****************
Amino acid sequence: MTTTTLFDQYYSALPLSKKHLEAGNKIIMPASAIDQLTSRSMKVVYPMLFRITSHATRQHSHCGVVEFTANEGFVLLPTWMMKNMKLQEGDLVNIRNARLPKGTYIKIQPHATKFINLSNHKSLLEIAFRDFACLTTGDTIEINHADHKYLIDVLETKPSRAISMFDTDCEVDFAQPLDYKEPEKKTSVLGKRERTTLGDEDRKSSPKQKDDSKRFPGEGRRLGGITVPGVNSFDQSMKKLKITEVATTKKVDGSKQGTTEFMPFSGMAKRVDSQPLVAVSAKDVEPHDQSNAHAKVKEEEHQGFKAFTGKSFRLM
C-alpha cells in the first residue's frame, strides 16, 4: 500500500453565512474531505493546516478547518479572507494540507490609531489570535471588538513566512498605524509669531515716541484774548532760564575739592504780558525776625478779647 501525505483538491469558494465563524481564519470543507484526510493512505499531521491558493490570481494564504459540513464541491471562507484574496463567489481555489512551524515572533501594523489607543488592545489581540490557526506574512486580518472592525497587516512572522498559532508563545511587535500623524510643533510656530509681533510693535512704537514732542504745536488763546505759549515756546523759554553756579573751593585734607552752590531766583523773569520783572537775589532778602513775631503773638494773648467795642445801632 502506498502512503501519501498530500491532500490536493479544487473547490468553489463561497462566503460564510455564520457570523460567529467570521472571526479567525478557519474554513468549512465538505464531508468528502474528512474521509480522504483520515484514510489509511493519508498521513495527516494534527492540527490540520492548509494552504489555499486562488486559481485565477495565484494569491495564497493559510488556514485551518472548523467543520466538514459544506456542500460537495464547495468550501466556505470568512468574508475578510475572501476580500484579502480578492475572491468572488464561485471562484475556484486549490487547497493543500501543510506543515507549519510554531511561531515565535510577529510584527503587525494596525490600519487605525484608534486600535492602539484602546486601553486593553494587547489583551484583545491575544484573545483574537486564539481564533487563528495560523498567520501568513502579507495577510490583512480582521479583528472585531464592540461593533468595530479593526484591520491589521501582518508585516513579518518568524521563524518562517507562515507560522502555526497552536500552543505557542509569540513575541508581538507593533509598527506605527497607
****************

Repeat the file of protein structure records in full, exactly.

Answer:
Amino acid sequence: MTTTTLFDQYYSALPLSKKHLEAGNKIIMPASAIDQLTSRSMKVVYPMLFRITSHATRQHSHCGVVEFTANEGFVLLPTWMMKNMKLQEGDLVNIRNARLPKGTYIKIQPHATKFINLSNHKSLLEIAFRDFACLTTGDTIEINHADHKYLIDVLETKPSRAISMFDTDCEVDFAQPLDYKEPEKKTSVLGKRERTTLGDEDRKSSPKQKDDSKRFPGEGRRLGGITVPGVNSFDQSMKKLKITEVATTKKVDGSKQGTTEFMPFSGMAKRVDSQPLVAVSAKDVEPHDQSNAHAKVKEEEHQGFKAFTGKSFRLM
C-alpha cells in the first residue's frame, strides 16, 4: 500500500453565512474531505493546516478547518479572507494540507490609531489570535471588538513566512498605524509669531515716541484774548532760564575739592504780558525776625478779647 501525505483538491469558494465563524481564519470543507484526510493512505499531521491558493490570481494564504459540513464541491471562507484574496463567489481555489512551524515572533501594523489607543488592545489581540490557526506574512486580518472592525497587516512572522498559532508563545511587535500623524510643533510656530509681533510693535512704537514732542504745536488763546505759549515756546523759554553756579573751593585734607552752590531766583523773569520783572537775589532778602513775631503773638494773648467795642445801632 502506498502512503501519501498530500491532500490536493479544487473547490468553489463561497462566503460564510455564520457570523460567529467570521472571526479567525478557519474554513468549512465538505464531508468528502474528512474521509480522504483520515484514510489509511493519508498521513495527516494534527492540527490540520492548509494552504489555499486562488486559481485565477495565484494569491495564497493559510488556514485551518472548523467543520466538514459544506456542500460537495464547495468550501466556505470568512468574508475578510475572501476580500484579502480578492475572491468572488464561485471562484475556484486549490487547497493543500501543510506543515507549519510554531511561531515565535510577529510584527503587525494596525490600519487605525484608534486600535492602539484602546486601553486593553494587547489583551484583545491575544484573545483574537486564539481564533487563528495560523498567520501568513502579507495577510490583512480582521479583528472585531464592540461593533468595530479593526484591520491589521501582518508585516513579518518568524521563524518562517507562515507560522502555526497552536500552543505557542509569540513575541508581538507593533509598527506605527497607